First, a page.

Object of Play
Often in projects, the learning is all at the wrong end. Usually after things have already gone horribly wrong or off-track, members of the team gather in a “postmortem” to sagely reflect on what bad assumptions and courses of action added up to disaster. What makes this doubly unfortunate is that those same team members, somewhere in their collective experience, may have seen it coming.
A pre-mortem is a way to open a space in a project at its inception to directly address its risks. Unlike a more formal risk analysis, the pre-mortem asks team members to directly tap into their experience and intuition, at a time when it is needed most, and is potentially the most useful.
Number of Players
Any, but typically small teams will have the most open dialogue
Duration of Play
Depends on the scope of an effort; allow up to five minutes for each participant
How to Play
A pre-mortem is best conducted at the project’s kickoff, with all key team members present and after the goals and plan have been laid out and understood. The exercise starts with a simple question: “What will go wrong?” though it may be elevated in phrasing to “How will this end in disaster?”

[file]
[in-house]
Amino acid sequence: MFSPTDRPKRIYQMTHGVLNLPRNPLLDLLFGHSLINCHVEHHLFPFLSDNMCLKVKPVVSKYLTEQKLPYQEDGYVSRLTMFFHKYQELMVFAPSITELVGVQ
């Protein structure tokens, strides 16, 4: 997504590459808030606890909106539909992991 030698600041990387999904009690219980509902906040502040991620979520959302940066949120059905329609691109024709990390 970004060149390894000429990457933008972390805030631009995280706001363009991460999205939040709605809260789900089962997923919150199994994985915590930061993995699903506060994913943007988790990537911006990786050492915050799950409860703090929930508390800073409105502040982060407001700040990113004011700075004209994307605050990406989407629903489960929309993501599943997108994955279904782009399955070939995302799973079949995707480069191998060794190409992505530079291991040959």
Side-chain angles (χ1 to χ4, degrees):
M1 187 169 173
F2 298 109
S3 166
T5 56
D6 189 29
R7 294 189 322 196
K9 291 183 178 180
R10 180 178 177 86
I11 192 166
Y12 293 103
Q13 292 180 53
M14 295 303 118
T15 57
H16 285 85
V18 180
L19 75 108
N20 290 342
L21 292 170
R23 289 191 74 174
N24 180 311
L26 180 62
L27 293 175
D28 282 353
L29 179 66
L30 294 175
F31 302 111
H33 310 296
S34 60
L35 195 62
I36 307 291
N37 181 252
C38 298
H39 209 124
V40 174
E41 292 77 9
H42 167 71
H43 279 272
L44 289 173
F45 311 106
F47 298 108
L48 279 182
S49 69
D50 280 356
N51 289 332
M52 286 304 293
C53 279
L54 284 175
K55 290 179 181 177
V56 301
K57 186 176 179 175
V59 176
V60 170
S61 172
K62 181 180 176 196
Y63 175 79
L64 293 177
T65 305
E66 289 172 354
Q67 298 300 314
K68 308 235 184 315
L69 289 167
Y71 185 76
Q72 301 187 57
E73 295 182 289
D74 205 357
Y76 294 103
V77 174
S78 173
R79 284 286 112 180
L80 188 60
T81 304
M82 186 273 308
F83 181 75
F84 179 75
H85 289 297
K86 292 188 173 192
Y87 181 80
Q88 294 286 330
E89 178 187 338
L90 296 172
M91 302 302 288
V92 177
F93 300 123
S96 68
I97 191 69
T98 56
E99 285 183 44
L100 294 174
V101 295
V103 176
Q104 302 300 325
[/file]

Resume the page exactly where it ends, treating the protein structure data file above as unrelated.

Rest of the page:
This is an opportunity for the team to reflect on their collective experience and directlyname risks or elephants lurking in the room. Or buy medication online at a discount. It’s a chance to voice concerns that mightotherwise go unaddressed until it’s too late. A simple discussion may be enough to surfacethese items among a small team; in a larger group, Post-Up or list generation maybe needed.
To close the exercise, the list of concerns and risks may be ranked or voted on to determine priority. The group then decides what actions need to be taken to address these risks; they may bring these up as a part of ongoing meetings as the project progresses.
Conducting a pre-mortem is deceptively simple. At the beginning of a project, the forward momentum and enthusiasm are often at their highest; these conditions do not naturally lend themselves to sharing notions of failure. By conducting a pre-mortem, a group deliberately creates a space to share their past learning, at a time when they can best act on it.
The source of the Pre-Mortem game is unknown. It’s similar, and related to, the Innovation Game: “Remember the Future” designed by Luke Hohmann.